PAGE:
Wearables: more like social networks or hoverboards?

Apple is going to release its highly-anticipated iWatch this October. It will have a 2.5 inch rectangular display. I’m pretty skeptical that anyone will want one. But I could, I suppose, be wrong. iWatch could turn out to be the next facebook. let me explain:

Apple’s chance of first-mover advantage is zero. The smart watch market is already quite busy. Samsung and Google have products out. So do others.

smash misses.
smash misses.

None is making much of a splash.

We have a vision of tech breakthroughs as being radical new inventions. But really they stand on the shoulders of others.

Here’s a little extract from an email I got in April 2005, when facebook was still mainly for ivy league students and working on attracting early stage investors.

“I actually don’t know what this Bebo service does, but it looks like some of you are ‘existing members’ so I’m assuming it’s a good thing I need to get on the band wagon with.”

I joined Bebo. I can’t remember if I joined Hi5. I definitely didn’t join MySpace. But I thought about all of them and dismissed their usefulness long before I …

Joined facebookApple is betting that its smartwatch will be like facebook. That it will enter a market that has been a graveyard for competitors and make them look foolish. You wouldn’t bet on any company that wasn’t Apple being successful. And the Apple of 2009 might have been able to make a smartwatch into a runaway smash hit. But is 2014 Apple equally savvy?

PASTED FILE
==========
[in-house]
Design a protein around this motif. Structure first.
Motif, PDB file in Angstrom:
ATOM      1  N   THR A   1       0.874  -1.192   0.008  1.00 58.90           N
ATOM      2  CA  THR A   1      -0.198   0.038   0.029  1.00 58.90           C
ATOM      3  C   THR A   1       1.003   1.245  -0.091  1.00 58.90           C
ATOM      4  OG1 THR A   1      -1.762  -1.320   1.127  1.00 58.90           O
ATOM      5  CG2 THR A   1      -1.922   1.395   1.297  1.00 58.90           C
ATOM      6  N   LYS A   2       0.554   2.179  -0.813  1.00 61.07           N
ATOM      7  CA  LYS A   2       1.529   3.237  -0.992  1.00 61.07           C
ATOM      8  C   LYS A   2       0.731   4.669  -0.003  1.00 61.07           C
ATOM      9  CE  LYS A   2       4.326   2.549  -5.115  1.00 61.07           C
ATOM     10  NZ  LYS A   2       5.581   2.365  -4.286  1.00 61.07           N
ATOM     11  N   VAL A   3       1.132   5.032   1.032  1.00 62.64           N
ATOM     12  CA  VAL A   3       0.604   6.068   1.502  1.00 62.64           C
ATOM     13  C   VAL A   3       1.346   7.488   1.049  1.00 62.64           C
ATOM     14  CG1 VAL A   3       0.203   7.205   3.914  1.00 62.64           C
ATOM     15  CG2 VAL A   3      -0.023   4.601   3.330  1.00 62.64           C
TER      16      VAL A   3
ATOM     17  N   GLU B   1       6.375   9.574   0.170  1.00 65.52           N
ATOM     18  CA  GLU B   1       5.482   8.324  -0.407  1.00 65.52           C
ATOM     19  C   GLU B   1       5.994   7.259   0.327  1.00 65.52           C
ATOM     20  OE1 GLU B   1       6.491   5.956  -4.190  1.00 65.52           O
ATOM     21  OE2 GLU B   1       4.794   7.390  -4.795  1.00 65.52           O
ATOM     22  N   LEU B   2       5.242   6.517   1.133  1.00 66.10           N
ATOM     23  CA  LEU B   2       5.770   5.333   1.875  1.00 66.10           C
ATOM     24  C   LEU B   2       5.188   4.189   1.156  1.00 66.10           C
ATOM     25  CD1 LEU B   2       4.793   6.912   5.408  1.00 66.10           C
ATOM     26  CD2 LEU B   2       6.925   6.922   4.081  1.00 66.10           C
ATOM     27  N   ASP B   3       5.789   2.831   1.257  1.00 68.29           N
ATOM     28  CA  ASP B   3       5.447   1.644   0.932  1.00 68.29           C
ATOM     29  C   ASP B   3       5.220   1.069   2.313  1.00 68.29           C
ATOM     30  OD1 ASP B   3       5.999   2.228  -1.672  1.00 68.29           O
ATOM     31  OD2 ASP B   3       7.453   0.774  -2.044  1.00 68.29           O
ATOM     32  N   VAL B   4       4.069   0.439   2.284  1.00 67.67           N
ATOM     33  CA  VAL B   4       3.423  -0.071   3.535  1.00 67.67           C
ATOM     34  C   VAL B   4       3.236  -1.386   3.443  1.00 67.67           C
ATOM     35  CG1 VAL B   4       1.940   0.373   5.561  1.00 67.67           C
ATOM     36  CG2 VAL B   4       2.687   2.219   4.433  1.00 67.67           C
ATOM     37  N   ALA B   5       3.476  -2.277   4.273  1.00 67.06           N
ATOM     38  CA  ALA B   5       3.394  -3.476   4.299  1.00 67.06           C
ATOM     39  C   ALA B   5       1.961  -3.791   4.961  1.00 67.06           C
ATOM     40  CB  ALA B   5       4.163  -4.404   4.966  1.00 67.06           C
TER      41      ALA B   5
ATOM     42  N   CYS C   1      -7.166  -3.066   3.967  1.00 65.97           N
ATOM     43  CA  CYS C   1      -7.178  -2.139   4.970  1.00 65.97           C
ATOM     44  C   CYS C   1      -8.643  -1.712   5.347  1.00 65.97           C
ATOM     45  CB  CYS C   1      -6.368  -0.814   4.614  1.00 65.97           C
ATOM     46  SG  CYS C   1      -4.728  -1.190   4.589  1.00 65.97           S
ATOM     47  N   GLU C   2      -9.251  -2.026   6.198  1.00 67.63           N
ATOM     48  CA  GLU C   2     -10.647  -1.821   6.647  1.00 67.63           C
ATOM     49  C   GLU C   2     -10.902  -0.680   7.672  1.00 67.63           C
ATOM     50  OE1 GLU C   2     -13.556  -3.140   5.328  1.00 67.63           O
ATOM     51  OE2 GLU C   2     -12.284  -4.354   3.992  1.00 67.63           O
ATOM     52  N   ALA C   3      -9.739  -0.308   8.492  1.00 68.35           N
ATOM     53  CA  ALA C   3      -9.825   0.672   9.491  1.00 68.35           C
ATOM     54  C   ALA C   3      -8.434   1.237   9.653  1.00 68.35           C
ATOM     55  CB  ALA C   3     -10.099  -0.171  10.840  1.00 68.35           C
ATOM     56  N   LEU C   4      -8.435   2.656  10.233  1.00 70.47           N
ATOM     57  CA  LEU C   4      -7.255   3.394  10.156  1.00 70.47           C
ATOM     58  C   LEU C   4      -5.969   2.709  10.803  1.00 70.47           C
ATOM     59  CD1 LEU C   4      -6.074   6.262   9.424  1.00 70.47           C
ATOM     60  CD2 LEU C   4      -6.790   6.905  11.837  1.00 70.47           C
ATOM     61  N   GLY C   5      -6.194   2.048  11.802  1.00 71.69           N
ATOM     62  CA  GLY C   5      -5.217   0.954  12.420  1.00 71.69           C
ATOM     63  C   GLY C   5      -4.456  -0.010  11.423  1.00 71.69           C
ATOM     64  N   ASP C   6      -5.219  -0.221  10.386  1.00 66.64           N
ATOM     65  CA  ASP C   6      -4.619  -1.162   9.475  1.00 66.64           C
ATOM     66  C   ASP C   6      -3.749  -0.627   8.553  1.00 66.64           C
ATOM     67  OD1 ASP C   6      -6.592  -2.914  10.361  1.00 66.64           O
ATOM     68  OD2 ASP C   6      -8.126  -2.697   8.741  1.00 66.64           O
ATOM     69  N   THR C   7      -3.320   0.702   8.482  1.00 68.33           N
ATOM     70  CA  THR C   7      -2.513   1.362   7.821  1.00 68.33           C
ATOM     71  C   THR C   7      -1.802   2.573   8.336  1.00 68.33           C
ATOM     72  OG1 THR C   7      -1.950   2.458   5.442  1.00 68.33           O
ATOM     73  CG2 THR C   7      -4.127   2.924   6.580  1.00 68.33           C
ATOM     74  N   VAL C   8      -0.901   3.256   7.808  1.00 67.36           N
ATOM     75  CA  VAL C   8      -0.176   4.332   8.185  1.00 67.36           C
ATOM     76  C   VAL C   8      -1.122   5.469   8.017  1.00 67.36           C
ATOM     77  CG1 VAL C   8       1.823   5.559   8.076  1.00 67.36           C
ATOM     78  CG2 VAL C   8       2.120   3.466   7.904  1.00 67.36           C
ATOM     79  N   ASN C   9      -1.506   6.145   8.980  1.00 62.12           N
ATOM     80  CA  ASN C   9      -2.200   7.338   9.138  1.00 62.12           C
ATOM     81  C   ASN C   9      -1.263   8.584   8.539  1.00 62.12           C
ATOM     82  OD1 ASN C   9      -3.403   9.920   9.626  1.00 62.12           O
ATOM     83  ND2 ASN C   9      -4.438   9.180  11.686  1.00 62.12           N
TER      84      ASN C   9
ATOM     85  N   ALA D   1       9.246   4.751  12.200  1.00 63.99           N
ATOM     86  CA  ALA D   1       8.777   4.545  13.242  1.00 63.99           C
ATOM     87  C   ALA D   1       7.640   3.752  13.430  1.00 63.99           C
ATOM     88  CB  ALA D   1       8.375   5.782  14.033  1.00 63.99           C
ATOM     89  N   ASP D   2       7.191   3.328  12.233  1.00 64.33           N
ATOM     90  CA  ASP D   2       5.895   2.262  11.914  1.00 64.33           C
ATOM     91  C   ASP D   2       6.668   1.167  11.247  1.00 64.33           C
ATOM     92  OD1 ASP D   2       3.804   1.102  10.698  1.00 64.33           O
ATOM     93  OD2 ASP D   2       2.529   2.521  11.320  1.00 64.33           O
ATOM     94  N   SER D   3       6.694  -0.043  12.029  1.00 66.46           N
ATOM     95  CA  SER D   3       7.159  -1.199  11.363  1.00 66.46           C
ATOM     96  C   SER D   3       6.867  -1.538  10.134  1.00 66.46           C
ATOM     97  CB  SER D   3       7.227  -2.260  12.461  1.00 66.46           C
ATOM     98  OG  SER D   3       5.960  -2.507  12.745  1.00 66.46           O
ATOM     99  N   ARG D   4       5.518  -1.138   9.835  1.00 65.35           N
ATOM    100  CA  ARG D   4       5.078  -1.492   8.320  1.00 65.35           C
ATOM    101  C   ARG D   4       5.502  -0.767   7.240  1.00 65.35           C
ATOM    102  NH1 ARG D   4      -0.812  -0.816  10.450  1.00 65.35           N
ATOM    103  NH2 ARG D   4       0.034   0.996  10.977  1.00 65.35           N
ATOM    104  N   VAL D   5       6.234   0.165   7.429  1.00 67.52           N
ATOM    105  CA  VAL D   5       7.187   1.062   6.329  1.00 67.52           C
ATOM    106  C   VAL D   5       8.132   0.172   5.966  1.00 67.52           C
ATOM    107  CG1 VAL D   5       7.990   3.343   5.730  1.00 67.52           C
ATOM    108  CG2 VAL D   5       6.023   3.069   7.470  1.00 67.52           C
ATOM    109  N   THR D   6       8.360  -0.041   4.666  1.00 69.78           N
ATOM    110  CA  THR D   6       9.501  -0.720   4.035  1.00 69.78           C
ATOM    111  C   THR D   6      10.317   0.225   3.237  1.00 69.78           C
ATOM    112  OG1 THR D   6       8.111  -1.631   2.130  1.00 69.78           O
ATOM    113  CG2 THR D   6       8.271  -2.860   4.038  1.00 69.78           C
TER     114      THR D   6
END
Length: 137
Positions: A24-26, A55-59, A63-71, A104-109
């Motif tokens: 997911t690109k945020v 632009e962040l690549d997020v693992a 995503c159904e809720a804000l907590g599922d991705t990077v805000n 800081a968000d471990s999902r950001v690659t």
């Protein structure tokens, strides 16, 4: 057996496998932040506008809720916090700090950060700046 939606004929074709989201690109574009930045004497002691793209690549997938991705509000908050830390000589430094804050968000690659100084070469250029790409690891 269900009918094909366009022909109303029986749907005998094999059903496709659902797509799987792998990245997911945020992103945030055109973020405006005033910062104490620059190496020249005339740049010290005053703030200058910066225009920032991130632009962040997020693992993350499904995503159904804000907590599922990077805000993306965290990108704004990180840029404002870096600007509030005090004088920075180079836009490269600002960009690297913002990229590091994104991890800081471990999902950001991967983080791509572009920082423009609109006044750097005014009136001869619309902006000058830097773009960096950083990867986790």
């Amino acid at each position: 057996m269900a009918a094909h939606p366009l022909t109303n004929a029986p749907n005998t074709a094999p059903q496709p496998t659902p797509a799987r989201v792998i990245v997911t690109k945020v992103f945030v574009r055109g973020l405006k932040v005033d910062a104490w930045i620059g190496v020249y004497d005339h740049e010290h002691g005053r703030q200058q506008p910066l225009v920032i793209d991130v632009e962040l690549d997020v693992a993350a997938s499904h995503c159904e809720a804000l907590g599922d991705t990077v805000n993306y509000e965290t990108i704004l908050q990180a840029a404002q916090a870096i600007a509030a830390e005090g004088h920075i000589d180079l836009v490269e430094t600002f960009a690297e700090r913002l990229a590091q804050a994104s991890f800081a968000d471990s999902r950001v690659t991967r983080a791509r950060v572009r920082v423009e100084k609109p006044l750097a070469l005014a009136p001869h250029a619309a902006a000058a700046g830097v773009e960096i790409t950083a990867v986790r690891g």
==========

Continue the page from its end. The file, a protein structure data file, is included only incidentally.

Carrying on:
There are clues that the magic began to evaporate when Steve Jobs passed away:

Why Apple no longer innovates.

Apple Inc. (AAPL) No Longer The King Of “Cool Tech”

There’s No Way Around It: Apple Is In ‘Reset,’

Although there are clues that the backlash is mainly clickbait and the magic is still there.

Source: Google
Source: Google

Investors are betting that the combination of fitness monitors and mini-notifications in the smartwatch will be just right. That it will click with the zeitgeist and zoom away until tehre are two types of people. Those who have an iWatch, and those planning to get one.

But when a product already exists in the market, you have to really nail your version to capture the market. That’s an art, not a science, it requires judgment in the 99th percentile, not the 98th. There is evidence a company like Apple can continue to be good for a long time. But can it be very very good? I doubt it.

The iWatch may not turn out not to be a facebook. It could be a hoverboard.

Something from science fiction that is possible to produce, but turns out to have severe limitations.

Not like this.
Not like this.

If that turns out to be the case, the iWatch will be a niche product and eager investors will lose a lot of money on Apple stock.

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Thomas the Think Engine is the blog of a trained economist. It comes to you from Melbourne Australia.

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